So far, all questions about the background to the attack on the Nord Stream pipelines have been ironed out by the investigative authorities with reference to national interests. Now, of all things, a private data analysis company has found a hot lead.
In the case of the most serious attack of this year, the investigators could make a step forward. It’s about the explosions that destroyed three of the four Nord Stream gas pipelines at the end of September. Pictures from the crime scene support the theory of a deliberate demolition. But who was it?
In the search for an answer, there is now a first hot lead: shortly before the explosions, two so-called “dark ships” apparently crossed the area.
This is reported by the US computer magazine “Wired” and refers to analyzes by the company SpaceKnow. The data analysis company based in New York and Prague has identified two large ships on satellite images, which, however, had switched off all transmitters that are used to locate and identify ships. They crossed paths just before the explosions at the scene.
According to SpaceKnow, there are two ships, each up to 130 meters long. “They had their signals turned off, meaning there was no information about their movement, and they were trying to hide their location information and general information from the world,” explains SpaceKnow CEO Jerry Javornicky.
In order to prevent collisions on the high seas, the so-called “Automatic Identification System” (AIS) is actually mandatory worldwide for ships over a certain size.
It sends a signal that can be followed online not only by other ships and authorities, but also by interested parties. In this way, the whereabouts of most ships can be tracked in real time. The ships in question had turned off this device.
SpaceKnow still managed to detect the ships thanks to a special technology. To do this, the company uses an analysis method that it operates with the European Space Agency (ESA). Using the so-called SAR method, satellites can scan the sea with electromagnetic waves.
The resulting representations are similar to photographs. SpaceKnow specializes in using software to make so-called “dark ships” recognizable on such recordings.
What in itself serves to combat illegal fishing or track down smugglers, for example, could now provide clues to the pipeline terrorists.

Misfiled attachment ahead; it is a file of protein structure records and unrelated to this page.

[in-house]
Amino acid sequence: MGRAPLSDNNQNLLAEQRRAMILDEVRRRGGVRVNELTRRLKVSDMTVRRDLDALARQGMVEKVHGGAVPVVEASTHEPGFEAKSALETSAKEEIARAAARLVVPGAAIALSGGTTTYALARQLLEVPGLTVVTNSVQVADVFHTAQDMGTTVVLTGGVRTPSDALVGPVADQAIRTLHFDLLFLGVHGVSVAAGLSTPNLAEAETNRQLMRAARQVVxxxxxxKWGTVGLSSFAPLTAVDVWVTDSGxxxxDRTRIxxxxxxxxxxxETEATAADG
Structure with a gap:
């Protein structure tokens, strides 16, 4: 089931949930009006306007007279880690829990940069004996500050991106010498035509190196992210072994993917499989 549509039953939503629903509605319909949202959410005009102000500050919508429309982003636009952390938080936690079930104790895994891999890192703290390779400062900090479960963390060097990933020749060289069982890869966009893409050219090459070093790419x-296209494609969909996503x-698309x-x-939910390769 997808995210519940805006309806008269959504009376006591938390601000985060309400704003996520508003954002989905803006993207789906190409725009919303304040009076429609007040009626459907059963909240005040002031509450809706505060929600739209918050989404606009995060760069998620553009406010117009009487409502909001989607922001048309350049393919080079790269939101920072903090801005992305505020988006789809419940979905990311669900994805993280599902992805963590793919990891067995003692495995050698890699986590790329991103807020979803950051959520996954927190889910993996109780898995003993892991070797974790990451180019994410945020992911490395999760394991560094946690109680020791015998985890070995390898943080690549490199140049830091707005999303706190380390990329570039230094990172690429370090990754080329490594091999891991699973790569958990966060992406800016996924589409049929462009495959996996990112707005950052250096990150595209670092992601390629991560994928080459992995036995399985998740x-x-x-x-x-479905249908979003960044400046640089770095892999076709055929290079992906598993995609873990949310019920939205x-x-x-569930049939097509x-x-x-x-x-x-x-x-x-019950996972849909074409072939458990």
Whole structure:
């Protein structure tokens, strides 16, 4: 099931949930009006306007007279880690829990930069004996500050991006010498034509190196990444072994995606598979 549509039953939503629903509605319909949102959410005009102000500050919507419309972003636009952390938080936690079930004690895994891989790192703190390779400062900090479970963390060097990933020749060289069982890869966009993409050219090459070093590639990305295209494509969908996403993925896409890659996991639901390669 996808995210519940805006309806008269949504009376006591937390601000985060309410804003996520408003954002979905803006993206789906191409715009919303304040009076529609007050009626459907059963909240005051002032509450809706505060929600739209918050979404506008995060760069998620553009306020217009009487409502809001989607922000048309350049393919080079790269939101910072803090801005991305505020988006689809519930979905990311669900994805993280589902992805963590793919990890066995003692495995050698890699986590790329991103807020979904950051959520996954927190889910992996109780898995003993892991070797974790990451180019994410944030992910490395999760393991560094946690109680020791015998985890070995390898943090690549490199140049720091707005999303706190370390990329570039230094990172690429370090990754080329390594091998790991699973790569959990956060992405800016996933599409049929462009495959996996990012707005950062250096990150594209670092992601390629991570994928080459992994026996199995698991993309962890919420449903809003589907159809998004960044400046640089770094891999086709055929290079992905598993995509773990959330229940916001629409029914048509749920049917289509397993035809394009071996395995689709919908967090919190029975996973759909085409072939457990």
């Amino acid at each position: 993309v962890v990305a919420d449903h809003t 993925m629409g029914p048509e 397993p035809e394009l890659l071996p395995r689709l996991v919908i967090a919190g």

Otto Tabuns, the director of the NGO Baltic Security Foundation, told Wired magazine that it is rare for a ship to turn off its transmitters in Baltic Sea waters unless there are “secret targets”.
Normally, the detection of such ships leads to a search operation. The next ports to be called would have to carry out so-called port state controls. Inspectors went on board and can arrest the ships. Whether that happened is currently one of the unanswered questions.
It’s not the only question. It is also unclear, for example, whether the fourth tube of the pipeline system is still intact. Russia claims yes, the federal government – asked about it by the AfD – considers “negative effects” of the explosions on the fourth tube to be likely and tends to say no.
The federal government answered the questions from the left-wing member of the Bundestag Sahra Wagenknecht about NATO ships that were in the area at the time of the attack: After careful consideration, it came to the conclusion that information cannot be given for reasons of public interest.
“The requested information is subject to the restrictions of the Third Party Rule, which concerns the international exchange of information by the intelligence services.” The rule states that intelligence information does not have to be made transparent.
Immediately after the attack, German politicians accused Russia of sabotage. Russia, on the other hand, claims the United States and Britain were behind the attack.
In fact, US Secretary of State Antony Blinken described the aftermath of the attack as a “huge opportunity” for the US, which could now deliver more gas to Europe. So far, however, there is no evidence of any allegation.
The article “Do dark ships lead to the perpetrators? Hot lead in Nord Stream investigations” comes from WirtschaftsKurier.